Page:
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When medical radiation technologist John Roeger gets a call from a surgeon to create a 3D model of a brain aneurysm, time is of the essence.
A brain aneurysm is an abnormal bulge or balloon in the wall of a blood vessel that can cause internal bleeding and become life-threatening. John, a 3D technical specialist at the Joint Department of Medical Imaging (JDMI), starts by viewing a CT scan of the brain. Then, with a digital pen and special software, he "carves out" and isolates the aneurysm and creates several 3D, reconstructed images.
The images are then available to the surgeon.
"These images help our neurosurgeons evaluate the real size and shape of the aneurysm, look at the geometry and understand the relation of it to the surrounding blood vessels, so that they can make the best treatment decisions," says John, who has worked for more than 30 years at JDMI, which covers UHN, Sinai Health System and Women's College Hospital.
For the past two decades, John has worked in the 3D Lab at Toronto Western Hospital, where he says, "All the magic happens."
According to Dr. Ronit Agid, neuroradiologist at UHN, 3D images are crucial to providing the most accurate diagnosis and best care possible.
"In some cases, an aneurysm can be so small that it's missed on a regular scan," Dr. Agid says. “But when you're looking at a 3D image, the aneurysm is looking right at you and becomes a lot more obvious.
"It's also critical for treatment planning. In a recent case, when I looked at the CT scan images it appeared to be a very straightforward aneurysm, but after I saw the 3D images, I realized that it wasn't just one balloon, it was a double balloon and that changes the treatment plan completely."
In 2005, its first year of operation, the 3D lab produced images for 50 cases. Now, John completes eight to 14 cases each day with speed and precision, supporting patients from UHN and Sinai Health.
John creates reconstructions that support everything from a life-saving liver transplant to shoulder surgery.
"Shoulder imaging is a big part of what we do too," John says. "Orthopeadic surgeons are able to see the condition of the bone, the topography and determine if they can go in and do their surgery."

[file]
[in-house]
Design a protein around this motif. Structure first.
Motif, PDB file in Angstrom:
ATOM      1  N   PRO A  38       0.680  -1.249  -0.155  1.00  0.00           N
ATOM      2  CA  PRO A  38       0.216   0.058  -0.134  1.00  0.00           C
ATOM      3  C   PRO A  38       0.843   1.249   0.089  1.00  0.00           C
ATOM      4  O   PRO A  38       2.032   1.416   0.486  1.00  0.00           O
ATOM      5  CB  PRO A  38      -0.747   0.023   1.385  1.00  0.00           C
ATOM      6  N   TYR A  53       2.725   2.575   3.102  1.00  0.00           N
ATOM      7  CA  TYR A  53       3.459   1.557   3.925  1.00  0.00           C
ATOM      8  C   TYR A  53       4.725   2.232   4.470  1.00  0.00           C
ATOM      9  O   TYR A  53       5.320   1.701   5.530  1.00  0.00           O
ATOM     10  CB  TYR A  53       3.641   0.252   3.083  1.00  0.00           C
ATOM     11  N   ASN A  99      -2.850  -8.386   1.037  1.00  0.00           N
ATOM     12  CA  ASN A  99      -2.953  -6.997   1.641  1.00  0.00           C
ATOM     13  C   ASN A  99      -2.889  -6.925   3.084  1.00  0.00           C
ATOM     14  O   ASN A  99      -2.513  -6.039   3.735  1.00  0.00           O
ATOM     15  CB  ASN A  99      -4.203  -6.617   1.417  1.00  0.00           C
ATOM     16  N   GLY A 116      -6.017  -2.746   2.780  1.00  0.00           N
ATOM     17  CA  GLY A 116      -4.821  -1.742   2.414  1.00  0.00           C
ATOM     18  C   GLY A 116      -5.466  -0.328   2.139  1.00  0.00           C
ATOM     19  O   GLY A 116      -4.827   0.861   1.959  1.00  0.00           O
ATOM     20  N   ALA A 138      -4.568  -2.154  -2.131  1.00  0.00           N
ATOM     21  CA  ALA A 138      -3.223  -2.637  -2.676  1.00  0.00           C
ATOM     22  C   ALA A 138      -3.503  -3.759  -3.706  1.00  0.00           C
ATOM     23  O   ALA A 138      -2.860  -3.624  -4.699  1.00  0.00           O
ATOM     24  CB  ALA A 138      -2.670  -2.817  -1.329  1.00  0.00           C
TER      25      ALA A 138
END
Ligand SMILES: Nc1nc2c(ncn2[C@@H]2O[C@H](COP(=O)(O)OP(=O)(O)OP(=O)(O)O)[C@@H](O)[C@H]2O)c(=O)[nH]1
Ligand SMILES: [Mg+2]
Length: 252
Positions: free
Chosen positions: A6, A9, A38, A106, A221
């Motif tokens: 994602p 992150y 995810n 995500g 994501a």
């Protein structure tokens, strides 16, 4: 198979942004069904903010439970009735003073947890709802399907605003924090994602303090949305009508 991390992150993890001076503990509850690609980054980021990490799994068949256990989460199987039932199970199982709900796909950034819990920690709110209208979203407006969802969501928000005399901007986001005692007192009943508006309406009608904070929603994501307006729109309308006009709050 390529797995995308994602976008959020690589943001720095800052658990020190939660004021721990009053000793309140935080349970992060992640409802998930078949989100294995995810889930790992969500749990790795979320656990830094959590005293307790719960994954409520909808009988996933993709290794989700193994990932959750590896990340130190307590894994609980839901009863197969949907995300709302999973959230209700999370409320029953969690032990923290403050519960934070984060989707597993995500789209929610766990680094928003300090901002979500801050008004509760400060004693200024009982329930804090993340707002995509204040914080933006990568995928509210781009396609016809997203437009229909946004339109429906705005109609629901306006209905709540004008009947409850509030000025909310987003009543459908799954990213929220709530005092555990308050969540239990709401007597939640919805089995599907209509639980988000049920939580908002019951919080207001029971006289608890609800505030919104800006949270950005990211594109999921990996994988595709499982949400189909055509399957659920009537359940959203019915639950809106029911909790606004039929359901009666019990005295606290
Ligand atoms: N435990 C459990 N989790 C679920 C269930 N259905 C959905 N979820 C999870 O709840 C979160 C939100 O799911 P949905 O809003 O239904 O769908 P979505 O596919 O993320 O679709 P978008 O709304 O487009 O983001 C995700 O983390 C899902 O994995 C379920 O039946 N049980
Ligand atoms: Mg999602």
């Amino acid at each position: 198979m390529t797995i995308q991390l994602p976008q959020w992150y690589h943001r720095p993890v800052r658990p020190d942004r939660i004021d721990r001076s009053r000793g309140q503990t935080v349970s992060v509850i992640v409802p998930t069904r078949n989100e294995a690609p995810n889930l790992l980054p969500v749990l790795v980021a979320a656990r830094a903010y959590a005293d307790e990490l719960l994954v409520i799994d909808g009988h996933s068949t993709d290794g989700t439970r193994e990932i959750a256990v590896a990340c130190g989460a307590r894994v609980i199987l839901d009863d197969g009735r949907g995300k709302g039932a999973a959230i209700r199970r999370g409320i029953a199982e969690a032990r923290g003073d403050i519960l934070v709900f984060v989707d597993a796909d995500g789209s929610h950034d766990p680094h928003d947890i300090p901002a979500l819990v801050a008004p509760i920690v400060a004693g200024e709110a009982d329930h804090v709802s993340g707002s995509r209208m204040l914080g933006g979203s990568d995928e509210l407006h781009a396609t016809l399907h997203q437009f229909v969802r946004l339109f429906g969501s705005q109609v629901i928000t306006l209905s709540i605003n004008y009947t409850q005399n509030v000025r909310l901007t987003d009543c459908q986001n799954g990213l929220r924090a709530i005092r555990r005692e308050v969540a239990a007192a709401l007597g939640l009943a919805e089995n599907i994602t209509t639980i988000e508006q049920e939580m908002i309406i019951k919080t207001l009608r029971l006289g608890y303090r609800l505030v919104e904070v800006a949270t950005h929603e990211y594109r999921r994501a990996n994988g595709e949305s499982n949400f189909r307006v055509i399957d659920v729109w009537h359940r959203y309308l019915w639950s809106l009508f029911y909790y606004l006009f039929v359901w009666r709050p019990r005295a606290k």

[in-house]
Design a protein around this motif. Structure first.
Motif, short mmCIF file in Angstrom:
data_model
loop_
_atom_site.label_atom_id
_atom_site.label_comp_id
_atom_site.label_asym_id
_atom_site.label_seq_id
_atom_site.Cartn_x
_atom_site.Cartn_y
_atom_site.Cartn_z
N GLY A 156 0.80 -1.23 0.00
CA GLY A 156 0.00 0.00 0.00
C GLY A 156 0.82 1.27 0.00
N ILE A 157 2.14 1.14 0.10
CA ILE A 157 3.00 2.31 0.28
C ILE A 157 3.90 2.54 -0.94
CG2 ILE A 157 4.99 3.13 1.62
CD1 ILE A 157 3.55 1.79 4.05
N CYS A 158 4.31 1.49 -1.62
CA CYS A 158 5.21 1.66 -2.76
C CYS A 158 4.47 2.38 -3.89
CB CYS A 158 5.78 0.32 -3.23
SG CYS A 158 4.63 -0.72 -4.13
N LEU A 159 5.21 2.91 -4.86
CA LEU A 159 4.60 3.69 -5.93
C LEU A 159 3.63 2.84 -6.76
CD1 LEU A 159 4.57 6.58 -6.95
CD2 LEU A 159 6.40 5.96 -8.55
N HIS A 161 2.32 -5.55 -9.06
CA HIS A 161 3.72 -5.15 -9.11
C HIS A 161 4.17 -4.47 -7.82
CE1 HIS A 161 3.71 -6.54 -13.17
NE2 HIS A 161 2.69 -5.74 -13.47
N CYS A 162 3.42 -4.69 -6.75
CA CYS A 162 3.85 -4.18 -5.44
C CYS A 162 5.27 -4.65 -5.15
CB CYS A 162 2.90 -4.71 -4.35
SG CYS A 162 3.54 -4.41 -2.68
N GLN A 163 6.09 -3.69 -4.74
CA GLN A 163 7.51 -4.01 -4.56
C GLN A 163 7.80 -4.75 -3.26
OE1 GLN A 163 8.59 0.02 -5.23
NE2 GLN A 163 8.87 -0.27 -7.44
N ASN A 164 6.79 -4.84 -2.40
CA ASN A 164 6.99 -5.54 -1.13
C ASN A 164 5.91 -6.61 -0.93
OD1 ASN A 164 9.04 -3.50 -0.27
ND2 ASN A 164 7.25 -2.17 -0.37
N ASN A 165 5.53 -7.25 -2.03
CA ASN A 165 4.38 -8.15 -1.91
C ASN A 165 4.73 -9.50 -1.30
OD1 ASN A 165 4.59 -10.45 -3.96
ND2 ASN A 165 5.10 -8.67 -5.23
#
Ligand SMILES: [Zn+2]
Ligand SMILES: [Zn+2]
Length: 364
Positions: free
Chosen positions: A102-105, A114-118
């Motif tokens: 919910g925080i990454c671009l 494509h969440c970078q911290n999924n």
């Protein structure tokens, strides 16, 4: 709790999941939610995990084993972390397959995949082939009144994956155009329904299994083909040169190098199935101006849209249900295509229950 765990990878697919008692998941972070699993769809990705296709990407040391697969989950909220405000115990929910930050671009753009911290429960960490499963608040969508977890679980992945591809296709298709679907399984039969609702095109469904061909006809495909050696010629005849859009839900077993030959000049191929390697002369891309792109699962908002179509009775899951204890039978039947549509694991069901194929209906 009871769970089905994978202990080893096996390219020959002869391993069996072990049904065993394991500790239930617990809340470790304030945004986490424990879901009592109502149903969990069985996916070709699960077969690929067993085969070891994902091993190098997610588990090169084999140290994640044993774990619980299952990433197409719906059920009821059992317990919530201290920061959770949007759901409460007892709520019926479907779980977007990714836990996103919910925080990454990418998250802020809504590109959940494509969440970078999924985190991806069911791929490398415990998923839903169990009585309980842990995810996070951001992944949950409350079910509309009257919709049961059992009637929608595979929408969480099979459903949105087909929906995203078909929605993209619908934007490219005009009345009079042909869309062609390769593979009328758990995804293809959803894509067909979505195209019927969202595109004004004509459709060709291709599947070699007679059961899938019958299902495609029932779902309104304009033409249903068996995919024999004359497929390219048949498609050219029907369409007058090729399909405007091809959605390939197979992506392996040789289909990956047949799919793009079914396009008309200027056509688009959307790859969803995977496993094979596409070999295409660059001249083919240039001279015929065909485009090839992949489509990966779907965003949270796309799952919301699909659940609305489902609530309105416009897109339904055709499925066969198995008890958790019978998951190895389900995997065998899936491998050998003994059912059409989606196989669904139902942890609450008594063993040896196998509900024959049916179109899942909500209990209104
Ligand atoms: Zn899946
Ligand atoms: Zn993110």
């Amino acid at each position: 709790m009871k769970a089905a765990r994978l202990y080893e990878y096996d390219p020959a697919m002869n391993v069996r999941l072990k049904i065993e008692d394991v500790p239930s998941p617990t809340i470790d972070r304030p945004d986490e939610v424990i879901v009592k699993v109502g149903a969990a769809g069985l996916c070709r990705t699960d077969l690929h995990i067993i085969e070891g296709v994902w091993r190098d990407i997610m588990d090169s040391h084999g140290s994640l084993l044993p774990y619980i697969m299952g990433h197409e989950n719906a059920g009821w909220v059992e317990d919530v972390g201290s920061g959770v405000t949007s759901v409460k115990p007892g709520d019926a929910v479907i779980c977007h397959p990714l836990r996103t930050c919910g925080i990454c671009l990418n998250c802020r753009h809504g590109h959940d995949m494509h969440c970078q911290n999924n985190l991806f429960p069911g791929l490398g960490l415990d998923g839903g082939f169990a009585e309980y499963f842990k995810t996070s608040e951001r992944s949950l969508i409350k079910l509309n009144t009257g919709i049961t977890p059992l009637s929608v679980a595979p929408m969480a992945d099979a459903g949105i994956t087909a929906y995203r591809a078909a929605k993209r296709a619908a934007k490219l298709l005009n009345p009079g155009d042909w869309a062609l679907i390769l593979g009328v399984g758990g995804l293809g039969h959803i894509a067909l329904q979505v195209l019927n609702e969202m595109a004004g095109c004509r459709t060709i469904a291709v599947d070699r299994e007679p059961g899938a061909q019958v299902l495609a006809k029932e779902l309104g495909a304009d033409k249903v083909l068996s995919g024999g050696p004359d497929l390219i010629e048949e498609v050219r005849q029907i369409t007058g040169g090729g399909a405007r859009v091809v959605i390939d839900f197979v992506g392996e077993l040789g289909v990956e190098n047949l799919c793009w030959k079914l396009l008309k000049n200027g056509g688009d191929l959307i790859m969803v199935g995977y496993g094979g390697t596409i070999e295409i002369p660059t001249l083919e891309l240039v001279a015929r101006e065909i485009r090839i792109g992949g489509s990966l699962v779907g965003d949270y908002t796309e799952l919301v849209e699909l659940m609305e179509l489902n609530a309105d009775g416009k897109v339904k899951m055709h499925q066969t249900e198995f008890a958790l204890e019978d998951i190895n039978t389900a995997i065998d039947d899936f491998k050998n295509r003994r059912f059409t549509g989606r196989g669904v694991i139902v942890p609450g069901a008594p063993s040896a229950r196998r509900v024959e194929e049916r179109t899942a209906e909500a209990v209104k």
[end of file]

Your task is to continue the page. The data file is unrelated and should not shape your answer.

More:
'Working together to increase clinical care and benefit patients'
Every week, John supports an average of 15 patients who require facial reconstruction surgery. This type of surgery can help correct abnormalities from birth defects, traumatic injury, disease or aging.
He also supports breast cancer survivors who are undergoing breast reconstruction surgery by providing precise images of the abdomen.
"The surgeons often take a section of the abdomen and use that tissue and native artery to reconstruct the breast," John says.
Dr. Robert Bleakney is a staff musculoskeletal radiologist at the JDMI and has seen how 3D imaging continues to evolve and support his work.
"It used to be just bone that we can see, now we see tumours and soft tissues masses," Dr. Bleakney says. “John is producing really sophisticated reconstructions that can really help us plan.
"Sometimes it'll make the difference between limb preservation and amputation – so it helps inform very important decisions," Dr. Bleakney says. "Sometimes John will go ahead on his own and complete different measurements and reformats which have been excellent.
"At the end of the day, we're all working together to increase clinical care and benefit patients."
The JDMI has ordered three state-of-the-art computers that will integrate with the latest software and ensure the 3D lab remains at the forefront of medical imaging practice. The department also plans to recruit and train current medical radiation & imaging technologists (MRITs) on staff to use the 3D technology.